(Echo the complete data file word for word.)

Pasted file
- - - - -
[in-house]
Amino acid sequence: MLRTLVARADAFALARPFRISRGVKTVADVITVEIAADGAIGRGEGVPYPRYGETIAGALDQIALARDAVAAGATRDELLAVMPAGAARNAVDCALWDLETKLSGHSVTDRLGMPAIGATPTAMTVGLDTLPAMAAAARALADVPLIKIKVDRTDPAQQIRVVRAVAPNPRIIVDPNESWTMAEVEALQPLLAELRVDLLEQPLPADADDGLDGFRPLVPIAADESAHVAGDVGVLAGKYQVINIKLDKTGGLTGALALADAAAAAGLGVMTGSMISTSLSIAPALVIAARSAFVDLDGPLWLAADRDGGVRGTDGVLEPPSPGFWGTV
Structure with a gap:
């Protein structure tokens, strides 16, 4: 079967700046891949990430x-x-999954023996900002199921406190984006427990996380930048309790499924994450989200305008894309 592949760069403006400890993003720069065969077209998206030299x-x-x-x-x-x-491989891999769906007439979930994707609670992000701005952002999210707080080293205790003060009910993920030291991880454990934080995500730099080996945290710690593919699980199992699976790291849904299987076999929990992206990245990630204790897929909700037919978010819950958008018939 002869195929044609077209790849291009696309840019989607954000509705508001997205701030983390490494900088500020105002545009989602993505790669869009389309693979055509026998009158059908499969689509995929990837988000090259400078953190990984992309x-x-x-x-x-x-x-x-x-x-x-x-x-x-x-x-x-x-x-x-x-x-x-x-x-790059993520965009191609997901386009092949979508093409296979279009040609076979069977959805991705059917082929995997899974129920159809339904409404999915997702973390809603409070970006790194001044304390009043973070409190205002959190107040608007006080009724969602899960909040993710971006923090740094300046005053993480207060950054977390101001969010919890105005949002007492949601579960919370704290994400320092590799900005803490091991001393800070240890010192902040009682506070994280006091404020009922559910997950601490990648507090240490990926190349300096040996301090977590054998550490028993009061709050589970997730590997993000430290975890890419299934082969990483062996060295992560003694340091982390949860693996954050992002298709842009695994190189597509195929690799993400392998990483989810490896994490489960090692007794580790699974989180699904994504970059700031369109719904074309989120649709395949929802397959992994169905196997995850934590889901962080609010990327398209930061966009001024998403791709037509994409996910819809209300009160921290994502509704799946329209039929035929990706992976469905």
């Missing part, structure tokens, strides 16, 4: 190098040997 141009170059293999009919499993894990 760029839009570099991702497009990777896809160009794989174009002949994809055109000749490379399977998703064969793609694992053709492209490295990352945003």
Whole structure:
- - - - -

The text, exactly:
[in-house]
Amino acid sequence: MLRTLVARADAFALARPFRISRGVKTVADVITVEIAADGAIGRGEGVPYPRYGETIAGALDQIALARDAVAAGATRDELLAVMPAGAARNAVDCALWDLETKLSGHSVTDRLGMPAIGATPTAMTVGLDTLPAMAAAARALADVPLIKIKVDRTDPAQQIRVVRAVAPNPRIIVDPNESWTMAEVEALQPLLAELRVDLLEQPLPADADDGLDGFRPLVPIAADESAHVAGDVGVLAGKYQVINIKLDKTGGLTGALALADAAAAAGLGVMTGSMISTSLSIAPALVIAARSAFVDLDGPLWLAADRDGGVRGTDGVLEPPSPGFWGTV
Structure with a gap:
């Protein structure tokens, strides 16, 4: 079967700046891949990430x-x-999954023996900002199921406190984006427990996380930048309790499924994450989200305008894309 592949760069403006400890993003720069065969077209998206030299x-x-x-x-x-x-491989891999769906007439979930994707609670992000701005952002999210707080080293205790003060009910993920030291991880454990934080995500730099080996945290710690593919699980199992699976790291849904299987076999929990992206990245990630204790897929909700037919978010819950958008018939 002869195929044609077209790849291009696309840019989607954000509705508001997205701030983390490494900088500020105002545009989602993505790669869009389309693979055509026998009158059908499969689509995929990837988000090259400078953190990984992309x-x-x-x-x-x-x-x-x-x-x-x-x-x-x-x-x-x-x-x-x-x-x-x-x-790059993520965009191609997901386009092949979508093409296979279009040609076979069977959805991705059917082929995997899974129920159809339904409404999915997702973390809603409070970006790194001044304390009043973070409190205002959190107040608007006080009724969602899960909040993710971006923090740094300046005053993480207060950054977390101001969010919890105005949002007492949601579960919370704290994400320092590799900005803490091991001393800070240890010192902040009682506070994280006091404020009922559910997950601490990648507090240490990926190349300096040996301090977590054998550490028993009061709050589970997730590997993000430290975890890419299934082969990483062996060295992560003694340091982390949860693996954050992002298709842009695994190189597509195929690799993400392998990483989810490896994490489960090692007794580790699974989180699904994504970059700031369109719904074309989120649709395949929802397959992994169905196997995850934590889901962080609010990327398209930061966009001024998403791709037509994409996910819809209300009160921290994502509704799946329209039929035929990706992976469905």
């Missing part, structure tokens, strides 16, 4: 190098040997 141009170059293999009919499993894990 760029839009570099991702497009990777896809160009794989174009002949994809055109000749490379399977998703064969793609694992053709492209490295990352945003």
Whole structure: